SpiceDB Documentation
Deploying the SpiceDB Operator

Deploying the SpiceDB Operator

The SpiceDB Operator is the best way to run SpiceDB in production.

This guide will walk you through the steps to deploy the SpiceDB Operator to a Kubernetes (opens in a new tab) cluster and confirm it's functional by creating a simple SpiceDB deployment.


Create or Configure a Kubernetes Cluster

The rest of this guide assumes kubectl (opens in a new tab) is configured to use an available Kubernetes cluster.

For production use-cases, we recommend using your cloud provider's managed Kubernetes services (e.g. EKS (opens in a new tab), GKE (opens in a new tab), or AKS (opens in a new tab)).

If you want to run a Kubernetes cluster locally, we recommend one of:

Applying the Operator manifests

Before modifying any cluster, we recommend double-checking that your current context is configured for the target cluster:

kubectl config current-context

Now you're ready to apply the manifests that install the SpiceDB Operator:

kubectl apply --server-side -k github.com/authzed/spicedb-operator/config

All resources are created in the spicedb-operator namespace.

If you'd like to confirm that the deployment is running, you can run the following command:

kubectl -n spicedb-operator get pods

Create a SpiceDBCluster

You can now create and configure SpiceDB clusters by applying SpiceDBCluster resources.


The following manifests configure a simple deployment, not a secure one.

Do not use these values in production.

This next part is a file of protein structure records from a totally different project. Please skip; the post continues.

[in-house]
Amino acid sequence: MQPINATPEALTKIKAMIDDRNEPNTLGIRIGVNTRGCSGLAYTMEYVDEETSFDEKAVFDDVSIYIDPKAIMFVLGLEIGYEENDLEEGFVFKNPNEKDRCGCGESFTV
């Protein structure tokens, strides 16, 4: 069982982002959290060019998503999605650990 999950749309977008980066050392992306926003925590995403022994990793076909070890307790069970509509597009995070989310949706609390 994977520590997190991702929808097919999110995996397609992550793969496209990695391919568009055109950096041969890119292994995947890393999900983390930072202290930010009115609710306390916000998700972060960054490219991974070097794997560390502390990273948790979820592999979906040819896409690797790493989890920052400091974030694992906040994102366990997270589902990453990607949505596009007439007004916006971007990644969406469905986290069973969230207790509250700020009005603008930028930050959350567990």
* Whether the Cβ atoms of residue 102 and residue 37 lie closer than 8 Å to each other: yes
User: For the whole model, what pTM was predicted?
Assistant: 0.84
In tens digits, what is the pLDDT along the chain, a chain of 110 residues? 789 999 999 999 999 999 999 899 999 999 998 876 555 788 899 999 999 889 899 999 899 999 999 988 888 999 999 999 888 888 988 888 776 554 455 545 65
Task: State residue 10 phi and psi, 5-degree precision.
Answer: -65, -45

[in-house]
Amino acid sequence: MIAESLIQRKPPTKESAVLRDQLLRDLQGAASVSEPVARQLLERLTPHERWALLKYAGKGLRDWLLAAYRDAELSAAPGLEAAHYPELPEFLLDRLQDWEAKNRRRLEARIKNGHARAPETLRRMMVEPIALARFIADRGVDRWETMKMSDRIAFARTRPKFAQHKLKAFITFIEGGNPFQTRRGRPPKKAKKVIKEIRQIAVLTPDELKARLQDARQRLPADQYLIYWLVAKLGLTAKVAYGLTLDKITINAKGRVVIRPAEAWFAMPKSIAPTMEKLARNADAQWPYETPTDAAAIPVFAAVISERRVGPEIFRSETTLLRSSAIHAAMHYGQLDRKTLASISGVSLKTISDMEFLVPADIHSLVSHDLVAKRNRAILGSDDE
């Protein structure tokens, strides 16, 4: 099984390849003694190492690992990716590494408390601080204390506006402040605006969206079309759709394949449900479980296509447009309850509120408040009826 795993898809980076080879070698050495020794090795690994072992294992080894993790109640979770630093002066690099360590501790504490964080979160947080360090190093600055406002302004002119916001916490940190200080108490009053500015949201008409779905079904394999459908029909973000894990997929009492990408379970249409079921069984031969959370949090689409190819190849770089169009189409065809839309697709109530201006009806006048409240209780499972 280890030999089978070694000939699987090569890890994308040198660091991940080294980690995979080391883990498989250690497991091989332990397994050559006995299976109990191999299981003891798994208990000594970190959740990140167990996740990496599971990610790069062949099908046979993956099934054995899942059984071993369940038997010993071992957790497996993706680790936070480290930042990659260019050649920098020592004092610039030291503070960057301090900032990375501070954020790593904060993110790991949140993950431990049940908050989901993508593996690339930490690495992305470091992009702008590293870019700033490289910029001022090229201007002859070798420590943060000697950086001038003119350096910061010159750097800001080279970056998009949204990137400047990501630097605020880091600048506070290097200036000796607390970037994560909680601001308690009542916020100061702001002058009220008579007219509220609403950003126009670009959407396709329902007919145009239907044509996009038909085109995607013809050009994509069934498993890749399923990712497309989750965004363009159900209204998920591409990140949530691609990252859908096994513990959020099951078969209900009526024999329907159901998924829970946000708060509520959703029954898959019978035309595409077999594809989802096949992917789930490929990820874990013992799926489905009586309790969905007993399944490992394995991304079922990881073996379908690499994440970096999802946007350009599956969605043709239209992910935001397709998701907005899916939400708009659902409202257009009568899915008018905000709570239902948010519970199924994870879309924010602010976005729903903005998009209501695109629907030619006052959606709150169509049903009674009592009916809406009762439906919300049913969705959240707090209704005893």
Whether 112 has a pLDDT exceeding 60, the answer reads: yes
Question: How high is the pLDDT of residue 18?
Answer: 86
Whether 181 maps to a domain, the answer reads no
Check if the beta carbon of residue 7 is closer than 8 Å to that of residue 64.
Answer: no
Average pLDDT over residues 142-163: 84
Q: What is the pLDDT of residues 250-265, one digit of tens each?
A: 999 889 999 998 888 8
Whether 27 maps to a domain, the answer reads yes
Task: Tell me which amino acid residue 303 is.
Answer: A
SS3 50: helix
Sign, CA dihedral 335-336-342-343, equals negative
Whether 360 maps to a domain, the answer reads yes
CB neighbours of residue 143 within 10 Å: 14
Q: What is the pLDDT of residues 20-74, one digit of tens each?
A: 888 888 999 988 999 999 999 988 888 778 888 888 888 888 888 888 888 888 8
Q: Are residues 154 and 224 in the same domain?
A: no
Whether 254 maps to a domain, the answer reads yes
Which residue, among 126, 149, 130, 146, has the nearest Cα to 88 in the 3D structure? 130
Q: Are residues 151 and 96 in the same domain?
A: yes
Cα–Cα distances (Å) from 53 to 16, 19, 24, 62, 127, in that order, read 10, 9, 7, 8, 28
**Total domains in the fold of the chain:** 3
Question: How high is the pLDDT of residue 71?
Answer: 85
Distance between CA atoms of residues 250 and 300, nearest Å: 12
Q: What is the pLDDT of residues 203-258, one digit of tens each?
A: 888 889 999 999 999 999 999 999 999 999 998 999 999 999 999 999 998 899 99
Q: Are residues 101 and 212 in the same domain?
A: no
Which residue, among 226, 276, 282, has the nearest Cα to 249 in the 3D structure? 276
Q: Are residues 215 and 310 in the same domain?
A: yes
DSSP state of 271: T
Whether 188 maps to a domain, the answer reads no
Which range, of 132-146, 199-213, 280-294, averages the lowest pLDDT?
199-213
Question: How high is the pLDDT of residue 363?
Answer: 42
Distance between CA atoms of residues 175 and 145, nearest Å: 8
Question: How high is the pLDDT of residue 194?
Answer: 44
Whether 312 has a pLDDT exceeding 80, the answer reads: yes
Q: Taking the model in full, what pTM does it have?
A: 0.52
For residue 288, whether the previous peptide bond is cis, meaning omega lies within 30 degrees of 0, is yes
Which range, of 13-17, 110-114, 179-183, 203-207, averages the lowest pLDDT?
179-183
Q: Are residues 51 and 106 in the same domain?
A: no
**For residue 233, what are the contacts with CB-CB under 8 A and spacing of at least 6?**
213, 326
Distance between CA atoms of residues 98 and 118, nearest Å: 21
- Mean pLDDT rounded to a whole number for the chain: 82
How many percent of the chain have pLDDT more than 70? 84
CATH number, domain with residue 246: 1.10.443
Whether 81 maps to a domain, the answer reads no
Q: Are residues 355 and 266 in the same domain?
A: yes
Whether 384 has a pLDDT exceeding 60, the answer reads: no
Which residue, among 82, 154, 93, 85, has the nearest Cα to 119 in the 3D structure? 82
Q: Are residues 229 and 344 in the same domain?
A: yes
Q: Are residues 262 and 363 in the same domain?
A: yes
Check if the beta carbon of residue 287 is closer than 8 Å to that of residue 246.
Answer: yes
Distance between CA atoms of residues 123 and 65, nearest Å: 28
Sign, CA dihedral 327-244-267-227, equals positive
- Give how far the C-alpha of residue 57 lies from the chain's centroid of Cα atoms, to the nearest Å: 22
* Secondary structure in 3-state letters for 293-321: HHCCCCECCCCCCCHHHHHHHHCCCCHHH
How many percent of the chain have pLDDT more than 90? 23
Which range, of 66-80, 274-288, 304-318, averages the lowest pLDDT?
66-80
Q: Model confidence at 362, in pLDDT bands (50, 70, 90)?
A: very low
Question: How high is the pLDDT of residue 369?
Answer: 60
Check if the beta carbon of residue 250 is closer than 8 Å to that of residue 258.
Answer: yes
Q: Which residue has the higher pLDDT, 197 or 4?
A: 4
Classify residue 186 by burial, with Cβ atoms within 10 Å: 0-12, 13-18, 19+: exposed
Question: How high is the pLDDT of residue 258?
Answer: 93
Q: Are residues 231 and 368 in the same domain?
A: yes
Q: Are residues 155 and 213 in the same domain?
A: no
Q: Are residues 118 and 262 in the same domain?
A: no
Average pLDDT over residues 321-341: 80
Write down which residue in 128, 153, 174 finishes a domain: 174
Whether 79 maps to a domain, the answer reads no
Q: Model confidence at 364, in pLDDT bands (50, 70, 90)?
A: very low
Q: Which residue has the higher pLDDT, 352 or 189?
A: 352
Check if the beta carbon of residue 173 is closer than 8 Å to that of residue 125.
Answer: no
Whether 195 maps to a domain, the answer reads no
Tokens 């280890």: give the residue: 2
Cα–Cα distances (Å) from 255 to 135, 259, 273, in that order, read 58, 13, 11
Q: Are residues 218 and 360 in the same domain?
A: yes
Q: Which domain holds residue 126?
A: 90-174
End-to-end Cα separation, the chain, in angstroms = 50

Apply a SpiceDBCluster and required Secret (opens in a new tab) using the following command:

kubectl apply --server-side -f - <<EOF
apiVersion: authzed.com/v1alpha1
kind: SpiceDBCluster
  name: dev
    datastoreEngine: memory
  secretName: dev-spicedb-config
apiVersion: v1
kind: Secret
  name: dev-spicedb-config
  preshared_key: "averysecretpresharedkey"

Connect & Verify

In order to verify our SpiceDB deployment is healthy, we're going to need access to ports where it's serving traffic.

The easiest way is to forward the port using kubectl:

kubectl port-forward deployment/dev-spicedb 50051:50051

There are a variety of ways to interact with the SpiceDB API, but for this guide we'll be using the official command-line client, Zed (opens in a new tab).

If you don't already have zed installed, you can follow this guide.

For zed to connect to SpiceDB, we'll first have to create an insecure context named local for connecting to our locally forwarded port:

zed context set local localhost:50051 "somerandomkeyhere" --insecure

With our context set, we're free to make requests to our new, empty SpiceDB deployment:

zed schema read

If all is successful, reading the schema should have thrown an error:

code = NotFound
desc = No schema has been defined; please call WriteSchema to start

Taking things to production

This guide creates a single-node deployment of SpiceDB with no persistent storage; to really take things into production, it's just a matter of configuration.

To learn more about configuring the SpiceDB Operator, you can reference the SpiceDB Operator docs or reference the community examples GitHub repository (opens in a new tab) which has more deployment examples including TLS, connecting to datastore backends, and configuring ingress.

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